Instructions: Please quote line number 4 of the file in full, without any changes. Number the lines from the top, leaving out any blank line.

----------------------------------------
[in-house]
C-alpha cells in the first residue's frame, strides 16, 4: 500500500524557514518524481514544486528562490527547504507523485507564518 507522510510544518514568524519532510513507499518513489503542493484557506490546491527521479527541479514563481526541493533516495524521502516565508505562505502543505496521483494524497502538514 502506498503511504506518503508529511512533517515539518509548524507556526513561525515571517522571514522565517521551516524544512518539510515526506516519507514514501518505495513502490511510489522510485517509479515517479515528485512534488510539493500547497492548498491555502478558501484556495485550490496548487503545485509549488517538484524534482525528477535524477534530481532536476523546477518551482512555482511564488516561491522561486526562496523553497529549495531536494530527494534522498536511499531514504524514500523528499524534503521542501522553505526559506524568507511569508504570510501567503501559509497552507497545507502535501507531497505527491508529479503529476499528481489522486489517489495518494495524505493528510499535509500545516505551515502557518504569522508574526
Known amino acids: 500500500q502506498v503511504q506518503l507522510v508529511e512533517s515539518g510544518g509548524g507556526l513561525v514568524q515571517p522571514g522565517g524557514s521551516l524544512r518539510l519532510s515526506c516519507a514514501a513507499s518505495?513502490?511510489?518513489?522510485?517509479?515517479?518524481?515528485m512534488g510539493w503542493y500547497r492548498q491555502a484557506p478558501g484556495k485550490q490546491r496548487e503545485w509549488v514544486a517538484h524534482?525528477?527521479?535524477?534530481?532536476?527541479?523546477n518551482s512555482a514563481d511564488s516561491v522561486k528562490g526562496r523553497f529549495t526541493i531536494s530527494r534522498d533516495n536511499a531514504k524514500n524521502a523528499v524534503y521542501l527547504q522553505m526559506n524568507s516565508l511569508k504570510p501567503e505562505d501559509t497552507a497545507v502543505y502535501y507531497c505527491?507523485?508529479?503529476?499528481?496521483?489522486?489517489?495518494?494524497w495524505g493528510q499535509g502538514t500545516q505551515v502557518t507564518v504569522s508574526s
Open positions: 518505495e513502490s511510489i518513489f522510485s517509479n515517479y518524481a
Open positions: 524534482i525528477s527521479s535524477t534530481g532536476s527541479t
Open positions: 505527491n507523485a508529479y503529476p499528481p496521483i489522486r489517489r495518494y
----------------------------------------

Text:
Open positions: 518505495e513502490s511510489i518513489f522510485s517509479n515517479y518524481a